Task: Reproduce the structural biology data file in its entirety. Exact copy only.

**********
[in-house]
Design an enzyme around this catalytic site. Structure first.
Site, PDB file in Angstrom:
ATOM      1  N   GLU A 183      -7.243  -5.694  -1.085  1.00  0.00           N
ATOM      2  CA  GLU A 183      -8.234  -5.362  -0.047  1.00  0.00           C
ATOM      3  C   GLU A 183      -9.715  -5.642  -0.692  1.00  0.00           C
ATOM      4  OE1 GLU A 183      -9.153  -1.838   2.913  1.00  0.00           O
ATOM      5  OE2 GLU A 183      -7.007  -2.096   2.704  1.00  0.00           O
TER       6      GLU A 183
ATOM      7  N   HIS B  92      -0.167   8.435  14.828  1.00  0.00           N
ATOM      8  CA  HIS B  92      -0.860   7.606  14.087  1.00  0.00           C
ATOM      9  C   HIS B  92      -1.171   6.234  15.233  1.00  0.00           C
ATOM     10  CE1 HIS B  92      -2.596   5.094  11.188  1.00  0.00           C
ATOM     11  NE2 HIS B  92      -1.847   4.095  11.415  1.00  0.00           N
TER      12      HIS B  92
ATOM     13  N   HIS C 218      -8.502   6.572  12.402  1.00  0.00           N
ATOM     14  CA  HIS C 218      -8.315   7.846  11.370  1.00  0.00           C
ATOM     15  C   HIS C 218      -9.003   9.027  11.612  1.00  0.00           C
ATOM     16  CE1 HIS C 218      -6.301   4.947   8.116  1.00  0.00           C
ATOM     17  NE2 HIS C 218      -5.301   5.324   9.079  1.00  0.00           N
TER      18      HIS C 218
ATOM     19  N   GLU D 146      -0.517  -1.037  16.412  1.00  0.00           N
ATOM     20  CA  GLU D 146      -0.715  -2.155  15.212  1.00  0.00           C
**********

[in-house]
Design an enzyme around this catalytic site. Structure first.
Site, PDB file in Angstrom:
ATOM      1  N   GLU A 183      -7.243  -5.694  -1.085  1.00  0.00           N
ATOM      2  CA  GLU A 183      -8.234  -5.362  -0.047  1.00  0.00           C
ATOM      3  C   GLU A 183      -9.715  -5.642  -0.692  1.00  0.00           C
ATOM      4  OE1 GLU A 183      -9.153  -1.838   2.913  1.00  0.00           O
ATOM      5  OE2 GLU A 183      -7.007  -2.096   2.704  1.00  0.00           O
TER       6      GLU A 183
ATOM      7  N   HIS B  92      -0.167   8.435  14.828  1.00  0.00           N
ATOM      8  CA  HIS B  92      -0.860   7.606  14.087  1.00  0.00           C
ATOM      9  C   HIS B  92      -1.171   6.234  15.233  1.00  0.00           C
ATOM     10  CE1 HIS B  92      -2.596   5.094  11.188  1.00  0.00           C
ATOM     11  NE2 HIS B  92      -1.847   4.095  11.415  1.00  0.00           N
TER      12      HIS B  92
ATOM     13  N   HIS C 218      -8.502   6.572  12.402  1.00  0.00           N
ATOM     14  CA  HIS C 218      -8.315   7.846  11.370  1.00  0.00           C
ATOM     15  C   HIS C 218      -9.003   9.027  11.612  1.00  0.00           C
ATOM     16  CE1 HIS C 218      -6.301   4.947   8.116  1.00  0.00           C
ATOM     17  NE2 HIS C 218      -5.301   5.324   9.079  1.00  0.00           N
TER      18      HIS C 218
ATOM     19  N   GLU D 146      -0.517  -1.037  16.412  1.00  0.00           N
ATOM     20  CA  GLU D 146      -0.715  -2.155  15.212  1.00  0.00           C